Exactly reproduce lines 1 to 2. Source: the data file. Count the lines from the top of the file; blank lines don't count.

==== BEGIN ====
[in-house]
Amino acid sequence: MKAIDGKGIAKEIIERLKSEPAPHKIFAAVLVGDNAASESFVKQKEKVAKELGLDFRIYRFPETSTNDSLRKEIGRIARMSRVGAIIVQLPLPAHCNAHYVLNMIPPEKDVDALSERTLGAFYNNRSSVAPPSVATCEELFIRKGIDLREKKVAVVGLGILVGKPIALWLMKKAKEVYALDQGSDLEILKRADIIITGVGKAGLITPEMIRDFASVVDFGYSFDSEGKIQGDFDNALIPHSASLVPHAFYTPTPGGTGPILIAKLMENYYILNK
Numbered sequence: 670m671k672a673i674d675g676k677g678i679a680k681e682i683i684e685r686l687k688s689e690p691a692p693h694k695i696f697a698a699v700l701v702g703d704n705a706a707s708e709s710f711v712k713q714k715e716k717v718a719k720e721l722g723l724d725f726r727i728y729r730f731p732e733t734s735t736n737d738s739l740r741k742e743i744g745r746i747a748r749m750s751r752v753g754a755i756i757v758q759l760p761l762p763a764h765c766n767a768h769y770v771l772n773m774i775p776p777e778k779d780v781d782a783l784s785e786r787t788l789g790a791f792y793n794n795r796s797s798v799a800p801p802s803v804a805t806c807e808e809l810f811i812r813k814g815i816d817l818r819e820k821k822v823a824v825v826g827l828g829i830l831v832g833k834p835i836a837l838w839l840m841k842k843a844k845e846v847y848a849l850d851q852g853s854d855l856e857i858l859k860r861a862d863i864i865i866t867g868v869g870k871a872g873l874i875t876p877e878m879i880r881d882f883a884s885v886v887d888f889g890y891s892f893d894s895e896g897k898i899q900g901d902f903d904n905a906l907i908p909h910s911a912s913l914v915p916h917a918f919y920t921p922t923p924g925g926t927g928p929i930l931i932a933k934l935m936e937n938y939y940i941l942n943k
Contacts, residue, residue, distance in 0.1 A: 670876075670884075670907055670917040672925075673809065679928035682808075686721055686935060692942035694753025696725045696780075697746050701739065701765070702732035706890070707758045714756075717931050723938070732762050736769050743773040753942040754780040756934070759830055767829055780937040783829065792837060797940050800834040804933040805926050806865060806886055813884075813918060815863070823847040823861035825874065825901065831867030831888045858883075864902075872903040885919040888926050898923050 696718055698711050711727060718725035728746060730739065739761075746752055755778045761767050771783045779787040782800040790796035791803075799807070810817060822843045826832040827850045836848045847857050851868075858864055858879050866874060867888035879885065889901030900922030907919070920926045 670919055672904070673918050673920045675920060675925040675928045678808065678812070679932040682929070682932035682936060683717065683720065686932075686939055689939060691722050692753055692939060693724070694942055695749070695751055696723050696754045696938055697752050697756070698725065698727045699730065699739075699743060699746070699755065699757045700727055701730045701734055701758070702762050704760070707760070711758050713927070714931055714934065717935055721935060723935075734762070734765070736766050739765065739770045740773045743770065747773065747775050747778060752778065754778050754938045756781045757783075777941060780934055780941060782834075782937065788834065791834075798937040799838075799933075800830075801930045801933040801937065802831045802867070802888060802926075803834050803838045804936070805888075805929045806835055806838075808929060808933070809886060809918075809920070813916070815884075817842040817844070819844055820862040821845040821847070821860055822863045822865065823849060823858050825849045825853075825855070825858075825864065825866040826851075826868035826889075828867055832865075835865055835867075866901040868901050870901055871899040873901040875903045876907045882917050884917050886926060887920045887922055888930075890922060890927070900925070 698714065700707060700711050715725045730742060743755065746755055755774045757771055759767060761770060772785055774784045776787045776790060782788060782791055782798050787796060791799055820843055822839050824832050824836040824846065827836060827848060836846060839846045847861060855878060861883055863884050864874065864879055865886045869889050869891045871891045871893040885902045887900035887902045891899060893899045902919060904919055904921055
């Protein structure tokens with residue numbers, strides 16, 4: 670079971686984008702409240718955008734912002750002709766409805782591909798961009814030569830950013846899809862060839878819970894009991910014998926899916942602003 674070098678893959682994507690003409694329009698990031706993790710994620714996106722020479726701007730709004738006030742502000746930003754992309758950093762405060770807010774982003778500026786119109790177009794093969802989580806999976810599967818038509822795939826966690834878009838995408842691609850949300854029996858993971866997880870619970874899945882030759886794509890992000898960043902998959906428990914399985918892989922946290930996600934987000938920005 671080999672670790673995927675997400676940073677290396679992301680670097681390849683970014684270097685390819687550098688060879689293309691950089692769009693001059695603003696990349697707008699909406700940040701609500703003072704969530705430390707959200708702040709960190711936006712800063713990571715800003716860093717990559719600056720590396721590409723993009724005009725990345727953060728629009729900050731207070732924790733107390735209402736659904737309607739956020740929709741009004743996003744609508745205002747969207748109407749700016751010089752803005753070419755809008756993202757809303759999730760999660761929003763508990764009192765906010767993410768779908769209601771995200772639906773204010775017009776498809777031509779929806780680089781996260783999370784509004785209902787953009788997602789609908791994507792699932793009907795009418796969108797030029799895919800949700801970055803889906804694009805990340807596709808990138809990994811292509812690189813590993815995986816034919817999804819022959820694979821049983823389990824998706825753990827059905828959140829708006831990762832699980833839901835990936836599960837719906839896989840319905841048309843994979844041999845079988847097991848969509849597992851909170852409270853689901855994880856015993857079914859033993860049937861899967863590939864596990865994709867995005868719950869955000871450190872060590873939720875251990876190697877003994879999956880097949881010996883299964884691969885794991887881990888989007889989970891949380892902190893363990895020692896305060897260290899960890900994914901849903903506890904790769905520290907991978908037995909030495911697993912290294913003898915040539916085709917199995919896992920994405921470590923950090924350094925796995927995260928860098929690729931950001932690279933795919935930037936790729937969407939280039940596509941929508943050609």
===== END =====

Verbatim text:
[in-house]
Amino acid sequence: MKAIDGKGIAKEIIERLKSEPAPHKIFAAVLVGDNAASESFVKQKEKVAKELGLDFRIYRFPETSTNDSLRKEIGRIARMSRVGAIIVQLPLPAHCNAHYVLNMIPPEKDVDALSERTLGAFYNNRSSVAPPSVATCEELFIRKGIDLREKKVAVVGLGILVGKPIALWLMKKAKEVYALDQGSDLEILKRADIIITGVGKAGLITPEMIRDFASVVDFGYSFDSEGKIQGDFDNALIPHSASLVPHAFYTPTPGGTGPILIAKLMENYYILNK